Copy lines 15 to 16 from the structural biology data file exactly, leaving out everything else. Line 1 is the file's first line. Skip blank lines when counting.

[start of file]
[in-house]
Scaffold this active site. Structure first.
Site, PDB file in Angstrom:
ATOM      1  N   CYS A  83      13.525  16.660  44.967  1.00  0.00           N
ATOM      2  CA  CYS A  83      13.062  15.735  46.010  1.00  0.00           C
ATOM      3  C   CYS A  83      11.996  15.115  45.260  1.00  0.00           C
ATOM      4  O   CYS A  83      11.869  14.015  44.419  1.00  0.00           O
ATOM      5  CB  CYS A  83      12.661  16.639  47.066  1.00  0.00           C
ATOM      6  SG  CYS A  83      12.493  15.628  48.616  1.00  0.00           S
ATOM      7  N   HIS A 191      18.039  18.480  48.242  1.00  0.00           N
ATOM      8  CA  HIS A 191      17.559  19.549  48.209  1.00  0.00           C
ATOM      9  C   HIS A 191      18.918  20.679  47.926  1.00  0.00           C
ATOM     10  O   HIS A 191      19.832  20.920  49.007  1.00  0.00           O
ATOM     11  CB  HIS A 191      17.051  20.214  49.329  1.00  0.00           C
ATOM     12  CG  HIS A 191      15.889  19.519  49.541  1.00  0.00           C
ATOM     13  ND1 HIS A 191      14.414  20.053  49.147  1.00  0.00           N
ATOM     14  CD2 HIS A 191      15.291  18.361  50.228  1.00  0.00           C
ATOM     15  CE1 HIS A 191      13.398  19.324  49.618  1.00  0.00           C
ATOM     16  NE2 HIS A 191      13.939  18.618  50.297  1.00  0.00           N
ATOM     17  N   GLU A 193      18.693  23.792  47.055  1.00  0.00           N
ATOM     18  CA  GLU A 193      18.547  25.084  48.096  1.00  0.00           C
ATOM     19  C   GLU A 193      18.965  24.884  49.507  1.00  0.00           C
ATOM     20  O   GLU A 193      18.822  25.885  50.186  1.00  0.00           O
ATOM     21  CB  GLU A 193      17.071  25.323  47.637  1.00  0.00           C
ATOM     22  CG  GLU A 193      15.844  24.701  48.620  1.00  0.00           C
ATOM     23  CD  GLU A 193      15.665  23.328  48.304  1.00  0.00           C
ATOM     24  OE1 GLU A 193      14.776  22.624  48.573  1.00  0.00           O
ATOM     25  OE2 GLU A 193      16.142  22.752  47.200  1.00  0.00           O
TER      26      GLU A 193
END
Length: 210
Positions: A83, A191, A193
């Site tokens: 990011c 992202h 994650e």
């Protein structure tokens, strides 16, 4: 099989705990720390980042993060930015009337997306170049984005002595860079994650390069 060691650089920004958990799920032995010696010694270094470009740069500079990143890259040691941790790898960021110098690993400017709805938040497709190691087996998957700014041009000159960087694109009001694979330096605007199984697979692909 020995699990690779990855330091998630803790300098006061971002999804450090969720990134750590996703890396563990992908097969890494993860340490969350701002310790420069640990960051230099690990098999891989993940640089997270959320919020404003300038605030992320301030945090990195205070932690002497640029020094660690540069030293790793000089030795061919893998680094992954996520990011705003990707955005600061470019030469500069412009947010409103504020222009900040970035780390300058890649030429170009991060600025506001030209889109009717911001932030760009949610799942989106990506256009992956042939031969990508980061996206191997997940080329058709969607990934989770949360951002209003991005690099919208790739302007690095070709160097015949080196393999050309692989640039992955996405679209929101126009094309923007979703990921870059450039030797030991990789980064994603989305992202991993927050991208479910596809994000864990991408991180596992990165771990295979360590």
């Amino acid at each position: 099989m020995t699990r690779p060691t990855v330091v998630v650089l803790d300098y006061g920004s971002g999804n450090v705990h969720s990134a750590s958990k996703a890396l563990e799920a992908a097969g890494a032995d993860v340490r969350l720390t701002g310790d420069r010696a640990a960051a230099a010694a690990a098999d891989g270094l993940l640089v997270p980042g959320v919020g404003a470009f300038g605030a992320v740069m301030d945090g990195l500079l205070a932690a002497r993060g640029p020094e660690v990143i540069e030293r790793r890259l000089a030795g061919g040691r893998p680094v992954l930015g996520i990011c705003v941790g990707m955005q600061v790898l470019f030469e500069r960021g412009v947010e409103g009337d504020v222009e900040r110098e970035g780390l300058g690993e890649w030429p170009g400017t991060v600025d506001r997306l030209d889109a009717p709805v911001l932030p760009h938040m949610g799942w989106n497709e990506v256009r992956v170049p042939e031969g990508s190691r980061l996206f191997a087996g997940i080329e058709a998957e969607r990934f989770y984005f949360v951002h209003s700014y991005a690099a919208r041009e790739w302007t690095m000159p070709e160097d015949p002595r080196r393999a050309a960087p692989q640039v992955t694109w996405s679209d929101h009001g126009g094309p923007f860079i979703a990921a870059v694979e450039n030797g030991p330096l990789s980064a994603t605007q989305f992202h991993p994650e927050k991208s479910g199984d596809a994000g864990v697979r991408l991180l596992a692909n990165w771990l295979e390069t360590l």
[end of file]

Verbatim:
ATOM     12  CG  HIS A 191      15.889  19.519  49.541  1.00  0.00           C
ATOM     13  ND1 HIS A 191      14.414  20.053  49.147  1.00  0.00           N